Weakness in international demand will eventually cut more deeply into U.S. markets through various channels, in particular through shallower direct trade flows, and through forces in capital markets, unbalanced by policymakers trying to address them.
Since last June, uncertainty around trade policies has contributed mainly to heightened worries among business leaders across the globe. That held back investments the past 4 quarters. With an ongoing stalemate between the U.S. and China negotiators, it remains unclear whether a trade agreement will be reached this year, or is even likely before the 2020 election.
The Chinese can easily and rightly bet on a Democratic administration, given the Presidential approval figures that are out there. Thus, we will most likely continue to experience downside pressure on the U.S. economy, through dampened trade settlement expectations.
Fed President Jerome Powell has repeatedly brought up that weakness in international growth was one of the key reasons for this interest rate cut. Thus, it appears clear to us. The Fed is highly aware of the potential for weak global demand to slow down the U.S. economy’s momentum, even more.
2) Strength in the Greenback:
Frankfurt -- one of Europe’s financial centers and home to the European Central Bank (the ECB) -- will play a major role in FOMC meetings for the rest of the year. With the ECB’s policy rate at -0.4% and ECB President Mario Draghi’s outright comments about future easing, the Fed has likely been forced to succumb to downward global capital market pressure on its Fed Funds policy rate.
The influence of ECB rate decisions, present and future, became evident even before the recent global bond market reaction to Draghi’s statements. Vice Chairman Richard Clarida voiced these concerns. He stated it. There is a limit to what extent U.S. rates can diverge from global rates.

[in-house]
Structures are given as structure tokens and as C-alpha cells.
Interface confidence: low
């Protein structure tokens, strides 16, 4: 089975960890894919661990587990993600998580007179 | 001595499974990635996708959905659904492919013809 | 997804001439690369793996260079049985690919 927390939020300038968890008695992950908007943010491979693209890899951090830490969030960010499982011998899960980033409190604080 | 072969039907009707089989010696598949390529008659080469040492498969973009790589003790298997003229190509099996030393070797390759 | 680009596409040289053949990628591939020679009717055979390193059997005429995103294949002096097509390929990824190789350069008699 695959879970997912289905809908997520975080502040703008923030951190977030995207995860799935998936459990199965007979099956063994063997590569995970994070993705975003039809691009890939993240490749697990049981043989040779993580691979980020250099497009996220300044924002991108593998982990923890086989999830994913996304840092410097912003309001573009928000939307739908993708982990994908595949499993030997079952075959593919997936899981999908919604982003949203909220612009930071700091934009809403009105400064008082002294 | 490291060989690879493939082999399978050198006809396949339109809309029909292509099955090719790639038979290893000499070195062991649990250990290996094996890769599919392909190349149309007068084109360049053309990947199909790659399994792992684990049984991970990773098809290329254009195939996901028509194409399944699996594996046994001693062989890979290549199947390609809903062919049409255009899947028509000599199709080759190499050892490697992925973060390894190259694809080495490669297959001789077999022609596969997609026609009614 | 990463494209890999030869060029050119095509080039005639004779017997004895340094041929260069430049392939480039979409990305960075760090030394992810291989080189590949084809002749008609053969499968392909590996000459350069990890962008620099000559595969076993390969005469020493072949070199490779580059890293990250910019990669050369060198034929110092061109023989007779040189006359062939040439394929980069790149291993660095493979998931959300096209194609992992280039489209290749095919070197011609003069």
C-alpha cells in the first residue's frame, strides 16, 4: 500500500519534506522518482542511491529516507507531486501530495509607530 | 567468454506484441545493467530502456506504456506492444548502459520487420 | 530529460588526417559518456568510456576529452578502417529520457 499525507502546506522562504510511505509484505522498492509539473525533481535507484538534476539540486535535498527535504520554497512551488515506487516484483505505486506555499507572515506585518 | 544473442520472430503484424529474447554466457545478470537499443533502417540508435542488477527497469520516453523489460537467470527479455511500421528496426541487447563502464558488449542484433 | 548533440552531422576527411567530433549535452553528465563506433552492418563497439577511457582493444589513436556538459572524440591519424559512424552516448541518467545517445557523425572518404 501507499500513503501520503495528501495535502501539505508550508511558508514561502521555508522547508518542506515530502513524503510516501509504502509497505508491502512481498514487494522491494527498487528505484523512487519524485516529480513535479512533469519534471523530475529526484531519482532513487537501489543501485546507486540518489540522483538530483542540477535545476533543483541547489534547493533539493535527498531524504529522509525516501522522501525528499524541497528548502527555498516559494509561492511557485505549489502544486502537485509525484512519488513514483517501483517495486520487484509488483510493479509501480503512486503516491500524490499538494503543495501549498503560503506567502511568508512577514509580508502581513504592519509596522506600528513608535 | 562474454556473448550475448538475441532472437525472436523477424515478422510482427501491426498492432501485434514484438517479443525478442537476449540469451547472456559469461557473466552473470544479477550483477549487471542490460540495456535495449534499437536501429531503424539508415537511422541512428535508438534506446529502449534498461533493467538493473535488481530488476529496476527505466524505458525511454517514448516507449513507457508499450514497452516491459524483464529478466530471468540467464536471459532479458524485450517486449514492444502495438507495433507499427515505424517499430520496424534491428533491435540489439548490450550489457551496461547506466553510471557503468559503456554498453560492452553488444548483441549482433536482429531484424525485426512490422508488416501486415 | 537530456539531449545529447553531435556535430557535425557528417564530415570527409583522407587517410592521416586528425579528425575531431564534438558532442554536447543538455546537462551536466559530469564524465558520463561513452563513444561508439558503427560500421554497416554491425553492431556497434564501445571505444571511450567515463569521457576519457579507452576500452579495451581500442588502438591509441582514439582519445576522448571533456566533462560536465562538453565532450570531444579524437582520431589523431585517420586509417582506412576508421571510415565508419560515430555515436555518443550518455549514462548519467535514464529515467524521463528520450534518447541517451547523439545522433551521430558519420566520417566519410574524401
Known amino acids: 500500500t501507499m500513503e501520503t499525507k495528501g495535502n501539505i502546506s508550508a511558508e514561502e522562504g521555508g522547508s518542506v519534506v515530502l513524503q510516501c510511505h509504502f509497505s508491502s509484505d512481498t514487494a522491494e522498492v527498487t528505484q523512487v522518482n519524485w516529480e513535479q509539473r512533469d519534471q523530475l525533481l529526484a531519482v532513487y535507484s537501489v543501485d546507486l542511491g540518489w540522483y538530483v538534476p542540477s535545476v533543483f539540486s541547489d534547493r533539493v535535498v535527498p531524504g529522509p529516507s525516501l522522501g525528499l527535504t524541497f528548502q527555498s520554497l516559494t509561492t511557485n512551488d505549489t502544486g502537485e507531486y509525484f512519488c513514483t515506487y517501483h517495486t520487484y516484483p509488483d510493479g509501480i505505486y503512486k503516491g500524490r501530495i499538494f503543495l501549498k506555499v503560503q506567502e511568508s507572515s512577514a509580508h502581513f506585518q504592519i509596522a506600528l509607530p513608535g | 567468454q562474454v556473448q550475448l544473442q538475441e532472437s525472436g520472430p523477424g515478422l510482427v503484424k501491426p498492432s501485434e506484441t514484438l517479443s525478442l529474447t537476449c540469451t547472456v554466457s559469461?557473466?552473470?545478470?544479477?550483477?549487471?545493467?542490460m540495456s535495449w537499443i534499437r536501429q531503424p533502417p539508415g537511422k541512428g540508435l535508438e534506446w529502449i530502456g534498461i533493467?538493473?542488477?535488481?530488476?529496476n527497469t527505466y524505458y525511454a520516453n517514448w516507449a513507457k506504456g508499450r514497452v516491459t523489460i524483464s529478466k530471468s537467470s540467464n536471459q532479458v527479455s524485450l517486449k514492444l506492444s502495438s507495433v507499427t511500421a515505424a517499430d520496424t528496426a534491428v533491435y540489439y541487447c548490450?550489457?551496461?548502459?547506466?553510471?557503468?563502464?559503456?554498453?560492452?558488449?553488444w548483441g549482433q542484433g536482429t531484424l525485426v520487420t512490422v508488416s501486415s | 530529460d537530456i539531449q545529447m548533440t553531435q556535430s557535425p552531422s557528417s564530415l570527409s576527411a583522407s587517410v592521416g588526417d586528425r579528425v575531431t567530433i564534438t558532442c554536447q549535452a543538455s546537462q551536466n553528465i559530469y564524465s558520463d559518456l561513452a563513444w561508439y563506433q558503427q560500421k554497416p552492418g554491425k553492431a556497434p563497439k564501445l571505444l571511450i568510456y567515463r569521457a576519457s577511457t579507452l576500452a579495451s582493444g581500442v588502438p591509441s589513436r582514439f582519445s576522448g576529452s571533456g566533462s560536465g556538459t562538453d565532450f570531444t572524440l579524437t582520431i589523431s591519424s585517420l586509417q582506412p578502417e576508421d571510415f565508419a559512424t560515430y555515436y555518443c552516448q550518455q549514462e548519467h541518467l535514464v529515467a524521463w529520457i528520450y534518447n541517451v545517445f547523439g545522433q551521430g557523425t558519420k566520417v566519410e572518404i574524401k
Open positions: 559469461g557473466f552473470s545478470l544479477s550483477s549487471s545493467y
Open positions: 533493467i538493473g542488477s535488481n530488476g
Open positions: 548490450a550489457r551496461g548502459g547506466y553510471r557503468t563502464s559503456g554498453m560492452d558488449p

Currency wars are far from the Fed’s intended goals. On top of that, U.S. currency policy is not directly part of the Fed’s toolbox, but rather under the purview of the U.S. Treasury. Yet, it is an obvious concern. If the U.S. maintains elevated interest rates, an increase in inward U.S. capital inflows would raise demand for the U.S Dollar against other currencies.
FX can then subsequently alter U.S. open economic trade flows. Given the U.S. imports far more than we export -- an even stronger U.S. dollar and weaker non-U.S. FX crosses -- would further erode internal consumer price inflation, particularly on goods-sensitive areas.
This is important to underscore. A currency war is far from what the Fed intends. Its economists are highly sensitive to the potential danger of a downward spiral of currency depreciation. Yet one could ensue. Given the circumstances, it will surely be necessary for the world’s major central banks (the Fed, the ECB, the BoE, and the BoJ) to coordinate their efforts to prevent continuing international weakness.
For the rest of us – stock-buyers -- it makes the case. Be on the lookout for a change in the direction of FX crosses. Don’t get into non-U.S. stocks unless and until non-U.S. growth ticks up.